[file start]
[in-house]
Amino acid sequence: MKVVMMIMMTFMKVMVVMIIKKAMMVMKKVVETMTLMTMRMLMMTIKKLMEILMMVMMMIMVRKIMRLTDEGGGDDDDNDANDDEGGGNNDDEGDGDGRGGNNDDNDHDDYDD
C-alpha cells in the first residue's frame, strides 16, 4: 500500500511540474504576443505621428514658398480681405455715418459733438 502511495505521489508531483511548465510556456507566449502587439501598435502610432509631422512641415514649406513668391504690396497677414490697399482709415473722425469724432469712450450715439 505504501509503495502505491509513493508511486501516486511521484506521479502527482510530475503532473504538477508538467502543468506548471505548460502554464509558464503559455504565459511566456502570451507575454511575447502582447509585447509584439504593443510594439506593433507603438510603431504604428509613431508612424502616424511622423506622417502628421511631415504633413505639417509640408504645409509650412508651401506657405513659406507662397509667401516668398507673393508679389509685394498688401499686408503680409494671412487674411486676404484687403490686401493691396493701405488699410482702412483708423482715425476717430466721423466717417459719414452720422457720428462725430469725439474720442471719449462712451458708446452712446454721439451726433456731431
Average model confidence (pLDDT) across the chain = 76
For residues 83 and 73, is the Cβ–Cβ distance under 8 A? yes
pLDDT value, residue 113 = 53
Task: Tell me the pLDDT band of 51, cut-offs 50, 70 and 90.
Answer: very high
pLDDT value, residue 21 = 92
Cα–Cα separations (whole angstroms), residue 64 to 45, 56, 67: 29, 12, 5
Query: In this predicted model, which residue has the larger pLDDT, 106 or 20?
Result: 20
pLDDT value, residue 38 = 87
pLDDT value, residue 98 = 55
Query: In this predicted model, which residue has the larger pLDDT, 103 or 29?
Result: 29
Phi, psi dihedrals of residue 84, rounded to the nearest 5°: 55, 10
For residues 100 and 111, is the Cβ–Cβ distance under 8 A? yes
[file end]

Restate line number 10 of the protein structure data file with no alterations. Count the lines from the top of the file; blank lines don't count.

Cα–Cα separations (whole angstroms), residue 64 to 45, 56, 67: 29, 12, 5